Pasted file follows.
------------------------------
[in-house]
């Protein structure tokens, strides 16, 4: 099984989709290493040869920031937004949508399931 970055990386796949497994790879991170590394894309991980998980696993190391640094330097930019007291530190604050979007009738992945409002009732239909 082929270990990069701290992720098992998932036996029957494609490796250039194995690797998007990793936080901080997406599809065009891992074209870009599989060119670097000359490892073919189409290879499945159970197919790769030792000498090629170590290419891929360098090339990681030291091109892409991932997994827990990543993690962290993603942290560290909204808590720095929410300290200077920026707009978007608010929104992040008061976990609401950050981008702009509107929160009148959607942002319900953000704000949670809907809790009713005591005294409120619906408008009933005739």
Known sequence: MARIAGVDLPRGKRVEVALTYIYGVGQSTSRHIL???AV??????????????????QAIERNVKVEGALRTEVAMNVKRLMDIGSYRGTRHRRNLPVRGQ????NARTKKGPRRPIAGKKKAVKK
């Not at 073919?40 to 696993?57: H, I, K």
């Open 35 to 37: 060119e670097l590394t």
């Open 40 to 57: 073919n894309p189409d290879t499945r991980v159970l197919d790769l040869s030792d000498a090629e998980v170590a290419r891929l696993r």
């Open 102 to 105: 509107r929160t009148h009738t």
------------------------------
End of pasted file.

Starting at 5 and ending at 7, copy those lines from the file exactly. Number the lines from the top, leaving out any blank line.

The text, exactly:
């Open 35 to 37: 060119e670097l590394t």
């Open 40 to 57: 073919n894309p189409d290879t499945r991980v159970l197919d790769l040869s030792d000498a090629e998980v170590a290419r891929l696993r």
């Open 102 to 105: 509107r929160t009148h009738t």